Since the 2011 UK Census was returned, London contains by far the lowest percentage of English and other White British people of all the UK regions, where they make up less than half of the population in 24 of the 32 boroughs, including: Newham (16.7%), Brent (18.0%), Ealing (30.4%), Harrow (30.9%), Tower Hamlets (31.2%), Westminster (35.2%) and Hackney (36.2%). Despite this, the White British population in London is still higher in numbers than the entirety of Wales or Northern Ireland, owing to London's high overall population. The city with the lowest White British population as a percentage is Leicester (45.1%) - also the only city below 50% without counting Westminster - while the lowest for unitary authorities is Slough (34.5%), followed by Luton (44.6%).[1] The local ward with the lowest percentage is Southall Broadway in Ealing (3.5%), followed by Southall Green in Ealing; Green Street East, Green Street West, and East Ham North, all in Newham, which are the only wards below five percent.

UK Region‡White British populationPercentage of local populationYear
Northern Ireland1,738,60496.0%2011[3]
North East England2,431,42393.6%2011[1]
South West England4,855,67691.8%2011[1]
North West England6,141,06987.1%2011[1]
Yorkshire and the Humber4,531,13785.8%2011[1]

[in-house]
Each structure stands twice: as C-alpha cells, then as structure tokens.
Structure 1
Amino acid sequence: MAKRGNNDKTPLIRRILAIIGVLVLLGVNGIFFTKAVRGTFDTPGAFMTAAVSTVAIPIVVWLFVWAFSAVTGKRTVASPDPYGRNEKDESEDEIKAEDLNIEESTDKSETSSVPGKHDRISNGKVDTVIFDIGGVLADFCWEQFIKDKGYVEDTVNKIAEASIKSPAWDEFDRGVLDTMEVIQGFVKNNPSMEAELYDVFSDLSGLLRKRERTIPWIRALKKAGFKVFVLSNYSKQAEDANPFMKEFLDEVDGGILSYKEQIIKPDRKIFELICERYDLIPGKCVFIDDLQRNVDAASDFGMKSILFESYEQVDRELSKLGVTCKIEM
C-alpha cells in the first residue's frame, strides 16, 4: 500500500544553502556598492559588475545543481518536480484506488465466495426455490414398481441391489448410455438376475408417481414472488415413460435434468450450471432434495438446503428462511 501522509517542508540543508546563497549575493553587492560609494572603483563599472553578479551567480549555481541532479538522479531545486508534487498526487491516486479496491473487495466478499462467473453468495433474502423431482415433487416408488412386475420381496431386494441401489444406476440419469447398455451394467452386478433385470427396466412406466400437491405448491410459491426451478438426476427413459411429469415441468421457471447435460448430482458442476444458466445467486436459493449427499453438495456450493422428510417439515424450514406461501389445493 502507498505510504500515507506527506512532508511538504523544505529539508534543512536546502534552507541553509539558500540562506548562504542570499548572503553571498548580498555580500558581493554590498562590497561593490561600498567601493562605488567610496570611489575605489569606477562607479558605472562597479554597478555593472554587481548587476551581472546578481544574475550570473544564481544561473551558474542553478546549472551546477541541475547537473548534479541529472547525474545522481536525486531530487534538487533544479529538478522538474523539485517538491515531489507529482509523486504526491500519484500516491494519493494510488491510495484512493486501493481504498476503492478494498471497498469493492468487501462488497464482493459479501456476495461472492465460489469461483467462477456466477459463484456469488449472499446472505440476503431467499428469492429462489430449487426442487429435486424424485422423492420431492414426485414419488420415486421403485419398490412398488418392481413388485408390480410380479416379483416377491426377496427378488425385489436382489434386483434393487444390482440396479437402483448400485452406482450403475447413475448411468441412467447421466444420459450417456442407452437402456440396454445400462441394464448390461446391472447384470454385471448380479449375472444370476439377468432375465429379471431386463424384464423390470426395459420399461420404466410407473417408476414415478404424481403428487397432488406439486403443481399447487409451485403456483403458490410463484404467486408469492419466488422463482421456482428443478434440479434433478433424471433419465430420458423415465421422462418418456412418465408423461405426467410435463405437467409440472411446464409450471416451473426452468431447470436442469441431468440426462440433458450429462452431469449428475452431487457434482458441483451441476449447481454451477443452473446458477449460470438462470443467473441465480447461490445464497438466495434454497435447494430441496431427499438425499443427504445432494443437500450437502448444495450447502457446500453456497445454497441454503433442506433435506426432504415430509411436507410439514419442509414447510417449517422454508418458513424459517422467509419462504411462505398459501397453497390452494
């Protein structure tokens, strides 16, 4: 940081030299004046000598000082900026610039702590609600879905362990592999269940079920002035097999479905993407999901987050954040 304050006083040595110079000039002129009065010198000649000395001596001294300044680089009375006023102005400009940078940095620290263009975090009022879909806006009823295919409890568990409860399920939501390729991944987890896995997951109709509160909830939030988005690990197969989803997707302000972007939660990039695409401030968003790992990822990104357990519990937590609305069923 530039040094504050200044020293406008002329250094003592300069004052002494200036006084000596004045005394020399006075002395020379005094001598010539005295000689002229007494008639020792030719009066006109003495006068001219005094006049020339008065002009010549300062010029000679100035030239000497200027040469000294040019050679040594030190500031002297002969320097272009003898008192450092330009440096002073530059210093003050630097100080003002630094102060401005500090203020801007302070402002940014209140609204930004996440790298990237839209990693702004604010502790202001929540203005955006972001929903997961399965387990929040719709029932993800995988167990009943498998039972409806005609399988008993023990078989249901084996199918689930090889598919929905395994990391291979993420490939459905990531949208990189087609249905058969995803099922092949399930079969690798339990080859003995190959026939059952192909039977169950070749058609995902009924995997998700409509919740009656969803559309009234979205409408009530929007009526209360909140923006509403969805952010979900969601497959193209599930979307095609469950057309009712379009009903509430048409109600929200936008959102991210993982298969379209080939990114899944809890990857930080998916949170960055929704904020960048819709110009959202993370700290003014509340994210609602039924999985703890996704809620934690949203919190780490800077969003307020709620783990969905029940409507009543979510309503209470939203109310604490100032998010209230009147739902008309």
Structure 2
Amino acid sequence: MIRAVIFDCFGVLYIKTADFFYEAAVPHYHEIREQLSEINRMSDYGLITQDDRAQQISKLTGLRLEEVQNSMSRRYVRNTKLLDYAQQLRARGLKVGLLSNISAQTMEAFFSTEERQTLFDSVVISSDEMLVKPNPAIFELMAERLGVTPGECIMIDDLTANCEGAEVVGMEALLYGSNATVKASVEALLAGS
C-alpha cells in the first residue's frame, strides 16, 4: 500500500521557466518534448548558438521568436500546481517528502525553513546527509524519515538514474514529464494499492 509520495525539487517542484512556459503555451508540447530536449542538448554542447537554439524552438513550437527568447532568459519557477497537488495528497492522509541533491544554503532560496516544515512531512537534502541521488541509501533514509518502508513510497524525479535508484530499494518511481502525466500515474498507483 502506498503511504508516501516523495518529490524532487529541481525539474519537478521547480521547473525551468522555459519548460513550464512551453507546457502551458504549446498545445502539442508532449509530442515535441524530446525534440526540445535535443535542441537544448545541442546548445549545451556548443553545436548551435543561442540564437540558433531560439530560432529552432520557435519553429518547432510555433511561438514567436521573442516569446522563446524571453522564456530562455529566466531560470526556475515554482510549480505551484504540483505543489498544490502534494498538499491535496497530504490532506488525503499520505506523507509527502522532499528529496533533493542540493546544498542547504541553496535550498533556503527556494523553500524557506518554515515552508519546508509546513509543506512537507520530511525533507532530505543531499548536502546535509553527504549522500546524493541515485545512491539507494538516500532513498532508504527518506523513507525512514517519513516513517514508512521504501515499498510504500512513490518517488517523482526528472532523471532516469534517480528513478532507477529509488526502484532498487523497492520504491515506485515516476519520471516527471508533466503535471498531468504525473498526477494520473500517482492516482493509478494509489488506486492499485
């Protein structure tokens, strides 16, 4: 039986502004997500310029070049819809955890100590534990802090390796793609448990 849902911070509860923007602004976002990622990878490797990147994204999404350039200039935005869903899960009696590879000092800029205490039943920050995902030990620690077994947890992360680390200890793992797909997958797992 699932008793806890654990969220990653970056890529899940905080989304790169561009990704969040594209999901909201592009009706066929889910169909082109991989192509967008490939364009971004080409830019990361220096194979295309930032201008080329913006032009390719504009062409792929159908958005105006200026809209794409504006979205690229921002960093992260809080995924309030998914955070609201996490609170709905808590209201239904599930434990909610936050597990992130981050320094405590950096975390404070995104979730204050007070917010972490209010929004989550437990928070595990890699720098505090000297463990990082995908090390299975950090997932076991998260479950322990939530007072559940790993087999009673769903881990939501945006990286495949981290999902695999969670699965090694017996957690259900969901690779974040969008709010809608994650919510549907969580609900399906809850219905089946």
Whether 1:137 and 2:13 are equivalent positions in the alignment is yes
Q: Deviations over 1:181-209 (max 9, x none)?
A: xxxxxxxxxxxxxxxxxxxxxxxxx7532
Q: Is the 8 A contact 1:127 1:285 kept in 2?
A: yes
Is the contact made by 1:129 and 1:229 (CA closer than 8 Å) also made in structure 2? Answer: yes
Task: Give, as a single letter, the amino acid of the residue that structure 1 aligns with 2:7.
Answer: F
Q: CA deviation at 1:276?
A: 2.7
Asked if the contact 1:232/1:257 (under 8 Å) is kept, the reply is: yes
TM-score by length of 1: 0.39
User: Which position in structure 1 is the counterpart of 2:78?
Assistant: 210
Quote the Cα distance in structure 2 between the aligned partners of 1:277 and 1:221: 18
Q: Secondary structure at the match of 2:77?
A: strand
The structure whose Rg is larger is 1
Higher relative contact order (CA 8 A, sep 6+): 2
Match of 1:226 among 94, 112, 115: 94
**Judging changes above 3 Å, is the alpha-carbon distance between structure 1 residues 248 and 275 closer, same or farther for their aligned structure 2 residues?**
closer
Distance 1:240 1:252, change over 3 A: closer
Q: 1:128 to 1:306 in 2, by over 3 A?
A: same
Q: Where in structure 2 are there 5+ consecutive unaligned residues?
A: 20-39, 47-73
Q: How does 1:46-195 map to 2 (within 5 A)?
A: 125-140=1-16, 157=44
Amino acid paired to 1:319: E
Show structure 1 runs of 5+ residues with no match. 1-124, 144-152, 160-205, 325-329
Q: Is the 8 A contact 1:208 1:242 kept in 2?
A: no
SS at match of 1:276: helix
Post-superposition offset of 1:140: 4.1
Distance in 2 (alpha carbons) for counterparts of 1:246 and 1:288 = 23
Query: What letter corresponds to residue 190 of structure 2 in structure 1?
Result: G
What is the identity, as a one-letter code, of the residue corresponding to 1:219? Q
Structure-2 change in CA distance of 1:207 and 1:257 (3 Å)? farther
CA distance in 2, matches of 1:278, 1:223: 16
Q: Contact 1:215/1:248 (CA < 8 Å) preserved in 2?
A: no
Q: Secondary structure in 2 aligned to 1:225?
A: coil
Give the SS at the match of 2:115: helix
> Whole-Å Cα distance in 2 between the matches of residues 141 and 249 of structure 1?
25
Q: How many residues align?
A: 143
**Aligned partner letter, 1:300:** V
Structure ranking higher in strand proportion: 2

East of England4,986,17085.3%2011[1]
East Midlands3,871,14685.4%2011[1]
South East England7,358,99885.2%2011[1]
West Midlands4,434,33379.2%2011[1]
Greater London3,669,28444.9%2011[1]

(Note: though since 2001 census data for White British and White Irish have not been collected as a combined figure under the category of 'White’, new tables which cross-reference ethnicity with National Identity provide a comparable population estimate).[3]

Economic status and education

According to official UK Government figures from 2016, the employment rate for White British people stood at 75%, with the overall employment rate in the UK standing at 74%.[15] UK Government figures also demonstrate that 31% of White British people work in professional and managerial occupations, higher than the Mixed (30%), Pakistani/Bangladeshi (27%) and Black (25%) groups, but lower than the Indian ethnic group (43%).[16]

At GCSE level, official UK Government statistics state that 63% of White British pupils attained A* to C grades in English and Mathematics in the 2015–16 academic year, higher than Black Caribbean (51%) and Pakistani (58%) pupils, but lower than Bangladeshi (67%), Indian (77%) and Chinese (83%) pupils.[17] According to a report by the Sutton Trust, "White working class pupils achieve the lowest grades at GCSE of any main ethnic group, with just a quarter of boys and a third of girls achieving 5 good GCSEs."[18]